Where is the environment that we as a nation have created for anything of that nature to take place? There was El-Rufai Committee that went round and made far-reaching proposal for the decongesting the political space. What we mean by decongesting the political space, for instance, is to send more powers down to the states and geo-politics, but it is not far reaching enough. For instance, there was provision of State police; public power creation providing (electricity) at the local level, but many of these when you start removing them from the Exclusive List to the states are not documented; someone may come and all those concessions that are being made just like we saw in Lagos State, when it wanted to generate power and federal government pounced on Lagos and said, no, you cannot generate power. I believe we need real restructuring to decongest the political space, and let the federating units be the geo-political zones that have emerged be the regions and then send power to them.

If you send power to the regions, within three months, all these things about banditry will end. Look at what is happening in the Southwest now, if Amotekun is functioning, it will be a thing of joy in the region and within six months, armed robbery, kidnapping will end, and then replicate it all over the country.

There is so much conquest for grabbing power at the political level; why are we doing everything full time – councillor full time, supervisory councillor full time, House of Assembly full time, National Assembly full time and two Houses; spending so much money – N13 million every month for every senator, which they don’t account for, when their official salary is N750, 000 a month. We are spending 95 per cent of our resources on recurrent, when if you spend more than 25 per cent of resources on recurrent; you are not going to develop. We are spending more money on driving on the road rather than more money upgrading the road. Democracy has to do with freedom; it has nothing to do with development. We cherish maximum democracy and it is an outcome, but the amount of democracy you have in a system is a function of how developed that system is. We are spending more on democracy than on growing Nigeria.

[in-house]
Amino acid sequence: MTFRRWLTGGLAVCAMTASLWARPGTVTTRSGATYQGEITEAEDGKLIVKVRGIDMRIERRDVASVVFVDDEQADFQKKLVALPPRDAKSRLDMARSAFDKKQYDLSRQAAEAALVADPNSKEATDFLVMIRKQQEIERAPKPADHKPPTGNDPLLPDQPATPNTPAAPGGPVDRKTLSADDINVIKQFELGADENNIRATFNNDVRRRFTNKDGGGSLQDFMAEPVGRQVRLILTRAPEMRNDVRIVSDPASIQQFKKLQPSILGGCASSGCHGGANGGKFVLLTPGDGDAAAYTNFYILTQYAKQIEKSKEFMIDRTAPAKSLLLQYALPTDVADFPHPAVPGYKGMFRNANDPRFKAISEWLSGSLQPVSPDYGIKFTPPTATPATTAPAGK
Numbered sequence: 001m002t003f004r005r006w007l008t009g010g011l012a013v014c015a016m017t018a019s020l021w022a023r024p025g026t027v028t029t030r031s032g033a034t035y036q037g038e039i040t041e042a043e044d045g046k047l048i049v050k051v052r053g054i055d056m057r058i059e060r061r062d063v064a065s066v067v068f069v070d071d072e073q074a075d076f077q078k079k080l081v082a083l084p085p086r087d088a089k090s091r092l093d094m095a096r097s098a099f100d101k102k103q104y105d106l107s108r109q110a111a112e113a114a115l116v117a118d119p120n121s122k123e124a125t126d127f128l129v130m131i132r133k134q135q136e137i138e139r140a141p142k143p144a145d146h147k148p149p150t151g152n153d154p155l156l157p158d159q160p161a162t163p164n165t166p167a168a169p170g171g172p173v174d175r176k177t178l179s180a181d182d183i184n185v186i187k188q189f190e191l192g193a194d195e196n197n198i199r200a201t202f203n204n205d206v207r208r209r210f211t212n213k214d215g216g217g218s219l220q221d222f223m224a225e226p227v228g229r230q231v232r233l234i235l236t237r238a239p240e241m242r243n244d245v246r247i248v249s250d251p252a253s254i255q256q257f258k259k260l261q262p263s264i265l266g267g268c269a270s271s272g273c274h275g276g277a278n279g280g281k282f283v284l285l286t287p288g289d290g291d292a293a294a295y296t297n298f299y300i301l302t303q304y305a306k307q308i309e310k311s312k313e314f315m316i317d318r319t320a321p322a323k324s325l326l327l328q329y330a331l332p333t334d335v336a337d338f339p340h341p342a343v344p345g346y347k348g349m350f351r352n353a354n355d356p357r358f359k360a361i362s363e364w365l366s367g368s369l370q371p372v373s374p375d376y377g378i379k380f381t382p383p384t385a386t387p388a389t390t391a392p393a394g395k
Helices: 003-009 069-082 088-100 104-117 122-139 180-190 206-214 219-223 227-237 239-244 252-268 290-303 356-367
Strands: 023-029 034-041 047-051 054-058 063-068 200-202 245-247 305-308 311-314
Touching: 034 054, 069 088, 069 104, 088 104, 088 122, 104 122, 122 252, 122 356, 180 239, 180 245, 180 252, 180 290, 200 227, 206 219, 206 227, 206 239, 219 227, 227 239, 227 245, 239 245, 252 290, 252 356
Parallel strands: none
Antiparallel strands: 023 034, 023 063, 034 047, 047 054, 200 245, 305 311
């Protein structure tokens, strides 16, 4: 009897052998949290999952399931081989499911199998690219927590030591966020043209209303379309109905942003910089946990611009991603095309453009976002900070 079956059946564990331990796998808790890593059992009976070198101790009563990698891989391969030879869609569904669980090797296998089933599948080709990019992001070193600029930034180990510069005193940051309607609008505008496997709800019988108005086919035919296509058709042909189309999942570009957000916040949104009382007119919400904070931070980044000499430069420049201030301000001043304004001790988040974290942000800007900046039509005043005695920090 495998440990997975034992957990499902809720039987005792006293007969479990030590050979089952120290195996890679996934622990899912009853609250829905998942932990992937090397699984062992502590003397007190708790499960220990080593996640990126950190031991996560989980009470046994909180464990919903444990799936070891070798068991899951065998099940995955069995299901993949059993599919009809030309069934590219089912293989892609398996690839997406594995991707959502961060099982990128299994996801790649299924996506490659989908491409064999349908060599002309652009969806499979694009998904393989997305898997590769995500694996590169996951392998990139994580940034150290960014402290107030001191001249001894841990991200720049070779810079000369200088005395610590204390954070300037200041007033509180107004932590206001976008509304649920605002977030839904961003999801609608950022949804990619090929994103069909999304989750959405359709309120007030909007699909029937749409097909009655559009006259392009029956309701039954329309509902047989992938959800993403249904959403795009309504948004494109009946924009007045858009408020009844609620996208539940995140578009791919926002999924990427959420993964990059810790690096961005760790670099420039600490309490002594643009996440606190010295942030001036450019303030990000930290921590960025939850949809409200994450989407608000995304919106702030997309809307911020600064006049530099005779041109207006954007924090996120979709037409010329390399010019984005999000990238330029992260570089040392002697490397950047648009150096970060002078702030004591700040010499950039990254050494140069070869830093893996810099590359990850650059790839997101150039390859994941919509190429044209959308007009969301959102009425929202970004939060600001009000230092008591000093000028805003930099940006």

One political analyst said he is weeping for those who are going to be killed during the September 19 governorship election in Edo State. What is your position on the way the election process is going in your state?

I’m a chieftain of the APC and I want the party to win in Edo and nationally. I’m a monitor of governance; I have been monitoring governance from 1999 every week for 12 years, and I have three volumes “Democracy Watch: A Monitor Diary”. I’m not speaking as a party man now, but as a monitor of governance, and I said and I still say when two elephants fight, the grass suffers, and that is what will happen anywhere in the country. Everywhere two elephants fight the grass suffers.

The grass in Edo State suffered because APC in Edo was factionalised into Obaseki- Shaibu Movement and Edo People Movement. One operating under the umbrella of Obaseki, while the other under the umbrella of Oshiomhole. These two bodies divided APC in Edo State, so you have two factional leaders of APC in the state. With that the grass is suffering. I said, the laurel why these two elephants are fighting might be lost. Edo is now a PDP state because the governor has moved over to PDP. So, we have lost what we were fighting for. Looking at it now, the two elephants were crippled –Obaseki ceased to be leader of APC in Edo, that is crippling and Oshiomhole has ceased to be the national chairman of the party, that is crippling. So, the two elephants were crippled and the laurel had been lost and the grass has been suffering, that is what I said and people were critical of me. I also said that Edo would be swept by APC and I still want the APC to sweep the votes in the state. I said PDP was not organised enough to win election in Edo and I became more confident when Ize-Iyamu joined us in APC, but I became not comfortable when Obaseki left for PDP. I said, Obaseki leaving is not going to be a tea party for us in APC, in other words, we are going to strategise because the governor was not going to leave alone and he left with all the structures; most importantly, he left with our purse. All the money coming to Edo State goes to him and he has left with that money in the sense that when it comes to funding APC in the state, Obaseki would not be there, rather he would fund PDP. So, see what we have lost.